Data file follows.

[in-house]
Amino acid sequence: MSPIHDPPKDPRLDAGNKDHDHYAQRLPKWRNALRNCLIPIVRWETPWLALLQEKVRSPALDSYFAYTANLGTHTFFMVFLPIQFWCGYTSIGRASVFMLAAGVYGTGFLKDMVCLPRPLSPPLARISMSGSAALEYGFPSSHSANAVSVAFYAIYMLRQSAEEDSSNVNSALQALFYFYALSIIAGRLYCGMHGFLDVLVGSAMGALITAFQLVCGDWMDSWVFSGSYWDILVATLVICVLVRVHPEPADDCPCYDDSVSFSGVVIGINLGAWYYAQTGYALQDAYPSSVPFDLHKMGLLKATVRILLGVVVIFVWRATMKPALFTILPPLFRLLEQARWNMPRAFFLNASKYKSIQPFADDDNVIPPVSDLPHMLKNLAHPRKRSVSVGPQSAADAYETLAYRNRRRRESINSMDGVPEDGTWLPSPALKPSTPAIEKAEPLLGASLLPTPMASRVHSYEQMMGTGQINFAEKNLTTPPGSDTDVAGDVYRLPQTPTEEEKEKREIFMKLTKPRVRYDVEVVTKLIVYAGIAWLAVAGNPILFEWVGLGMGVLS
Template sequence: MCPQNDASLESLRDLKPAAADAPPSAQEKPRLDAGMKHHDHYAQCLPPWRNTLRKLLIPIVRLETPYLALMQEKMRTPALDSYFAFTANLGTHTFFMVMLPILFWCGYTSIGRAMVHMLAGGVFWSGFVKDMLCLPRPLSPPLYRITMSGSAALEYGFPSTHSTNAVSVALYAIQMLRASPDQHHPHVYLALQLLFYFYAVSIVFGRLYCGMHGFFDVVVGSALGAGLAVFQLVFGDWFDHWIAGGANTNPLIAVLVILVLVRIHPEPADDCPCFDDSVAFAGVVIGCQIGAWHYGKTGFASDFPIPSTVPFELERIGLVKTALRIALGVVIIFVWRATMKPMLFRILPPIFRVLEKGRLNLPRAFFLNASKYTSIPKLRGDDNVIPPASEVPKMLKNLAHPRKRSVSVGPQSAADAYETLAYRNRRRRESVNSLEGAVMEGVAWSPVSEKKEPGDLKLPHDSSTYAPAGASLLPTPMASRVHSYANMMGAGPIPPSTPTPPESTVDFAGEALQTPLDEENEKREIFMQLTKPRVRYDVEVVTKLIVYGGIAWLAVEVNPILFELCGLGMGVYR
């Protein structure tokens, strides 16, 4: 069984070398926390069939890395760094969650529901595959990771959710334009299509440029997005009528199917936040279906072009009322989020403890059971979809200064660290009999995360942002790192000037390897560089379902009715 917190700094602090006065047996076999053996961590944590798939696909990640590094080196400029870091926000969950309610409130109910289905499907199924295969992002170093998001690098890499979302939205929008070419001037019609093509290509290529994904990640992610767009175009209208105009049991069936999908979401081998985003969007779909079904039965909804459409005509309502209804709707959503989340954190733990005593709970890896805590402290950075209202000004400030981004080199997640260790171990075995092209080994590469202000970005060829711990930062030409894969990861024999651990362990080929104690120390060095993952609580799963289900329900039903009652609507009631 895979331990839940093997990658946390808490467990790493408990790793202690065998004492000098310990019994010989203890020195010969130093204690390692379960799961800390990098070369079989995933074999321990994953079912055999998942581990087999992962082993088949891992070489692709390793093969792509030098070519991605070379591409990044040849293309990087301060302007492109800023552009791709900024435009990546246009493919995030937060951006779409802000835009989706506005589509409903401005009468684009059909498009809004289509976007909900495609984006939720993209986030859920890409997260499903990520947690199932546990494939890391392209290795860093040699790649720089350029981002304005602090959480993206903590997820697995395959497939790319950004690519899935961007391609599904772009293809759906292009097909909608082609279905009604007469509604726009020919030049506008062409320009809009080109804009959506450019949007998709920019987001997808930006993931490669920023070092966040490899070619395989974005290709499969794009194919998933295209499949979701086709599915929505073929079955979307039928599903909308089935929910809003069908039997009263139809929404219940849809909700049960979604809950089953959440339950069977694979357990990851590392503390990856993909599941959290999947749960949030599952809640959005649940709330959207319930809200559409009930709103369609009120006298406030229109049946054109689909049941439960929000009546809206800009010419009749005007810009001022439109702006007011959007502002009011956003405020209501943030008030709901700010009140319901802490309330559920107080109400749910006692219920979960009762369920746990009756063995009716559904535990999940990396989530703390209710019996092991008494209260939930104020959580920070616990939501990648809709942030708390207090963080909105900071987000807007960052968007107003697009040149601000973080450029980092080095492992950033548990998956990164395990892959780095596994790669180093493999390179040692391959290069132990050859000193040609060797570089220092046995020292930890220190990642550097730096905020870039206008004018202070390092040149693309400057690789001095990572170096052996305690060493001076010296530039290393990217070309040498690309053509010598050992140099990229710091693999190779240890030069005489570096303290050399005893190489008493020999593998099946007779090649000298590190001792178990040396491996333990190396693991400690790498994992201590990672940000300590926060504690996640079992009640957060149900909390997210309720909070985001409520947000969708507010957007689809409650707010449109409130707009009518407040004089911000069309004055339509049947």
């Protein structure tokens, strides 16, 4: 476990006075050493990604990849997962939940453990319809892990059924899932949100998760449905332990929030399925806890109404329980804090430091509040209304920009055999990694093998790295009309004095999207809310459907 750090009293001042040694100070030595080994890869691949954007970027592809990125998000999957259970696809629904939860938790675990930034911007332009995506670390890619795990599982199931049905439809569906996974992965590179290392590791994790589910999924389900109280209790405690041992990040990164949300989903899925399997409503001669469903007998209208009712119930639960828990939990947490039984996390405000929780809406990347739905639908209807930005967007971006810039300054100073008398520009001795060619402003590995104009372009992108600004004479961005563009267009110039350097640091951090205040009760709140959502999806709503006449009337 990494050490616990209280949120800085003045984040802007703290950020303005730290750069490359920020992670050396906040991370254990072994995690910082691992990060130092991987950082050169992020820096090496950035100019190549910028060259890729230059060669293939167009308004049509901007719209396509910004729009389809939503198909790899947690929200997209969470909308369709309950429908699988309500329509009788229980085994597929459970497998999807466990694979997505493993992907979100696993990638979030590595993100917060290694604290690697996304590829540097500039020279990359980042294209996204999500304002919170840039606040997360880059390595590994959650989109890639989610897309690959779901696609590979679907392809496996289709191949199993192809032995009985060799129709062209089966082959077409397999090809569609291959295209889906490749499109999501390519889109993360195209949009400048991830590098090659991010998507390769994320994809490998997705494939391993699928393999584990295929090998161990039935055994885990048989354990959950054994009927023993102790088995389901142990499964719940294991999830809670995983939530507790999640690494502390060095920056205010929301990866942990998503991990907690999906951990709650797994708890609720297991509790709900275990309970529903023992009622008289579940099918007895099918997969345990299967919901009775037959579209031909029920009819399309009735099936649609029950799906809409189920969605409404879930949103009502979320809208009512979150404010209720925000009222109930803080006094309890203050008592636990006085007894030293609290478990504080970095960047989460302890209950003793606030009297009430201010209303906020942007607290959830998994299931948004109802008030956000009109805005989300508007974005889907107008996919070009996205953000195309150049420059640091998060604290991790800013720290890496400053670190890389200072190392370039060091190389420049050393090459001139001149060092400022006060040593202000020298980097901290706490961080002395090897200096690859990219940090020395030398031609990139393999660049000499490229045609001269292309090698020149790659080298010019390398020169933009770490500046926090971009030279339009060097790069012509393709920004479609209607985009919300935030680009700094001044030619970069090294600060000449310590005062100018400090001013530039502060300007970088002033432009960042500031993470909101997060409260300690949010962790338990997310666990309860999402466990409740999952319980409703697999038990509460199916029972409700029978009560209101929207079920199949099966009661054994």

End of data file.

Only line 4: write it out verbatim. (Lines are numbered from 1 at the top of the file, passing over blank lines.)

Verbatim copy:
């Protein structure tokens, strides 16, 4: 069984070398926390069939890395760094969650529901595959990771959710334009299509440029997005009528199917936040279906072009009322989020403890059971979809200064660290009999995360942002790192000037390897560089379902009715 917190700094602090006065047996076999053996961590944590798939696909990640590094080196400029870091926000969950309610409130109910289905499907199924295969992002170093998001690098890499979302939205929008070419001037019609093509290509290529994904990640992610767009175009209208105009049991069936999908979401081998985003969007779909079904039965909804459409005509309502209804709707959503989340954190733990005593709970890896805590402290950075209202000004400030981004080199997640260790171990075995092209080994590469202000970005060829711990930062030409894969990861024999651990362990080929104690120390060095993952609580799963289900329900039903009652609507009631 895979331990839940093997990658946390808490467990790493408990790793202690065998004492000098310990019994010989203890020195010969130093204690390692379960799961800390990098070369079989995933074999321990994953079912055999998942581990087999992962082993088949891992070489692709390793093969792509030098070519991605070379591409990044040849293309990087301060302007492109800023552009791709900024435009990546246009493919995030937060951006779409802000835009989706506005589509409903401005009468684009059909498009809004289509976007909900495609984006939720993209986030859920890409997260499903990520947690199932546990494939890391392209290795860093040699790649720089350029981002304005602090959480993206903590997820697995395959497939790319950004690519899935961007391609599904772009293809759906292009097909909608082609279905009604007469509604726009020919030049506008062409320009809009080109804009959506450019949007998709920019987001997808930006993931490669920023070092966040490899070619395989974005290709499969794009194919998933295209499949979701086709599915929505073929079955979307039928599903909308089935929910809003069908039997009263139809929404219940849809909700049960979604809950089953959440339950069977694979357990990851590392503390990856993909599941959290999947749960949030599952809640959005649940709330959207319930809200559409009930709103369609009120006298406030229109049946054109689909049941439960929000009546809206800009010419009749005007810009001022439109702006007011959007502002009011956003405020209501943030008030709901700010009140319901802490309330559920107080109400749910006692219920979960009762369920746990009756063995009716559904535990999940990396989530703390209710019996092991008494209260939930104020959580920070616990939501990648809709942030708390207090963080909105900071987000807007960052968007107003697009040149601000973080450029980092080095492992950033548990998956990164395990892959780095596994790669180093493999390179040692391959290069132990050859000193040609060797570089220092046995020292930890220190990642550097730096905020870039206008004018202070390092040149693309400057690789001095990572170096052996305690060493001076010296530039290393990217070309040498690309053509010598050992140099990229710091693999190779240890030069005489570096303290050399005893190489008493020999593998099946007779090649000298590190001792178990040396491996333990190396693991400690790498994992201590990672940000300590926060504690996640079992009640957060149900909390997210309720909070985001409520947000969708507010957007689809409650707010449109409130707009009518407040004089911000069309004055339509049947």